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eISSN: 2378-3176

Urology & Nephrology Open Access Journal


Received: January 01, 1970 | Published: ,

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DM, diabetes mellitus; CKD, chronic kidney disease; CIN, contrast induced nephropathy; CM, contrast media; eGFR, estimated GFR


Fluorescein angiography is a commonly used procedure for diagnosis and staging of diabetic retinopathy.1 Diabetic retinopathy is one of the major complications of type 2 Diabetes Mellitus (DM). Patients with diabetic retinopathy are likely to have Chronic Kidney Disease (CKD) as degree of retinopathy correlates with the degree of nephropathy in diabetes.2

Contrast Induced Nephropathy (CIN) is nowadays defined as an increase of 25% or more in serum creatinine, or an absolute increase of 0.5mg/dl or more from baseline value, at 48-72h following the exposure to Contrast Media (CM).3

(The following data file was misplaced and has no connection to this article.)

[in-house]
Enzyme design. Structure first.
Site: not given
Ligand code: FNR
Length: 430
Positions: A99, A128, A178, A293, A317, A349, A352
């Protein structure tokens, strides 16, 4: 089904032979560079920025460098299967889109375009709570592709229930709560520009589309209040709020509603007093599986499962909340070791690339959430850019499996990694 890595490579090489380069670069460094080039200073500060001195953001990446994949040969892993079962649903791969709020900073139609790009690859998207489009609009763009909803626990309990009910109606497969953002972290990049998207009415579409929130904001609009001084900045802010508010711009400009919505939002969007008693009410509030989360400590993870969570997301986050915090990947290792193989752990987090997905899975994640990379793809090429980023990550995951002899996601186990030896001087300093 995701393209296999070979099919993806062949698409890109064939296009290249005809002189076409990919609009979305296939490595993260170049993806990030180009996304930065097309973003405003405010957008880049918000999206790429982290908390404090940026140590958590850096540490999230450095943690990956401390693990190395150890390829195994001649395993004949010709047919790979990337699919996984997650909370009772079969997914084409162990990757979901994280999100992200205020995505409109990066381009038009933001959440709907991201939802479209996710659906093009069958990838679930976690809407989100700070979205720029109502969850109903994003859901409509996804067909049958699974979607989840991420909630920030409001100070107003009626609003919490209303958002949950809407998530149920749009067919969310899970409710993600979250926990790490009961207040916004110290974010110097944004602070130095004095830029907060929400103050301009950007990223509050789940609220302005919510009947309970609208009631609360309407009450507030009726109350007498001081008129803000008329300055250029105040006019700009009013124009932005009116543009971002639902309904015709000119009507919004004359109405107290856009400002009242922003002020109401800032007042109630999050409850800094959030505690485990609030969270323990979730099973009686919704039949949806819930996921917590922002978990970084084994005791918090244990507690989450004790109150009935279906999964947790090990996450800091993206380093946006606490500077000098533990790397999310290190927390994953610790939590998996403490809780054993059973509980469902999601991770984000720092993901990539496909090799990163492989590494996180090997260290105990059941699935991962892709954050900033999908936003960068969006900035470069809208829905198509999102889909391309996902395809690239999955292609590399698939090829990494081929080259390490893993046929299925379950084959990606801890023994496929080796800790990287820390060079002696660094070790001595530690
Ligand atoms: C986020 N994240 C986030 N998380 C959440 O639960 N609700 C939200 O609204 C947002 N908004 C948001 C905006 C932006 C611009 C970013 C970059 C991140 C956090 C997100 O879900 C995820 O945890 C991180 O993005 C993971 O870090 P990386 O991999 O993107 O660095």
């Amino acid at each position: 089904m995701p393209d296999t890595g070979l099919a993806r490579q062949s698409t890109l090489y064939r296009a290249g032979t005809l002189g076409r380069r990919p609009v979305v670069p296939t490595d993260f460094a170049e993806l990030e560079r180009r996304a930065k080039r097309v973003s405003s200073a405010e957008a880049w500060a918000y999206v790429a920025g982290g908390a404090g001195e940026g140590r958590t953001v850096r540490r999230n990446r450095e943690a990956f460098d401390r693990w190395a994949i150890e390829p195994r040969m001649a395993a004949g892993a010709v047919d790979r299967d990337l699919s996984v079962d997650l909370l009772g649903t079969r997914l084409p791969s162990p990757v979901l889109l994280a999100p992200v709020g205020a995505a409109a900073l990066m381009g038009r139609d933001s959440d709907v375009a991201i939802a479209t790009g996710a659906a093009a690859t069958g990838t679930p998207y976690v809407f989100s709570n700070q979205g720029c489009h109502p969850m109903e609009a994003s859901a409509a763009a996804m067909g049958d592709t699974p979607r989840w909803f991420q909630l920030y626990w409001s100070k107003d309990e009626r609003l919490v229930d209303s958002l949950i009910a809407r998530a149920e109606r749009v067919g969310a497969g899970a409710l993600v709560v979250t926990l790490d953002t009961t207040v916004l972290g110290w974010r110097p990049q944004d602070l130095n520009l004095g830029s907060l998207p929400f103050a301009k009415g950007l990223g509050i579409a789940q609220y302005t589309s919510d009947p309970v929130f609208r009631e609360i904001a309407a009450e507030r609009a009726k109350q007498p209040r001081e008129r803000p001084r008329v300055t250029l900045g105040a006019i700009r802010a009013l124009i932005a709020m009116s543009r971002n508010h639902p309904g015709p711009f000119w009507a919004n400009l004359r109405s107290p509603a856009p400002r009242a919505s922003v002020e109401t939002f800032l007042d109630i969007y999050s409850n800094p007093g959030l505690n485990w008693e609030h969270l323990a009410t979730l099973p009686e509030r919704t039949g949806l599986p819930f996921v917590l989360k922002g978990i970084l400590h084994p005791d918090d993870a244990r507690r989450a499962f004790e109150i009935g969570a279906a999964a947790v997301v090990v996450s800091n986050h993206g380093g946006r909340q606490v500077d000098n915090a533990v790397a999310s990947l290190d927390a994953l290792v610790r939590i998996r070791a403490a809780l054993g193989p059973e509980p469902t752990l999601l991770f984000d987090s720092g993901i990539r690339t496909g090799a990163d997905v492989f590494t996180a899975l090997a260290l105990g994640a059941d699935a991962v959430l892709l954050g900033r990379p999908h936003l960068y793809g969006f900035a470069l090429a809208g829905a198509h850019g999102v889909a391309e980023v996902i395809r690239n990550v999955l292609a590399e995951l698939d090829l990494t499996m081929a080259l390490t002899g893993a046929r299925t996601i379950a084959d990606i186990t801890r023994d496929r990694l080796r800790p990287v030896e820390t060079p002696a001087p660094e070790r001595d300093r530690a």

Although several studies reported the effect of iodinated contrast media on kidney functions especially in diabetic CKD patients, however very few conflicting data had been published regarding fluorescein (non iodinated dye) induced renal injury.

One study in Japan didn’t find any effect of fluorescein angiography on renal functions using estimated GFR (eGFR),4 however another study in Iran demonstrated anon significant rise of serum creatinine after fluorescein angiography in diabetic patients.5

Our current practice tell us that fluorescein is generally safe on the kidneys, but evidence is still lacking to proof such concept and we still get notified because of a diabetic patient who need to do fluorescein angiography and has renal impairment.

Further research is therefore required to assess the safety of fluorescein angiography on renal functions in type 2 diabetic patients. May the use of early biomarkers and non dependence on serum creatinine be helpful in resolving the problem and reveal the mystery.



Conflict of interest

The author declares no conflict of interest.


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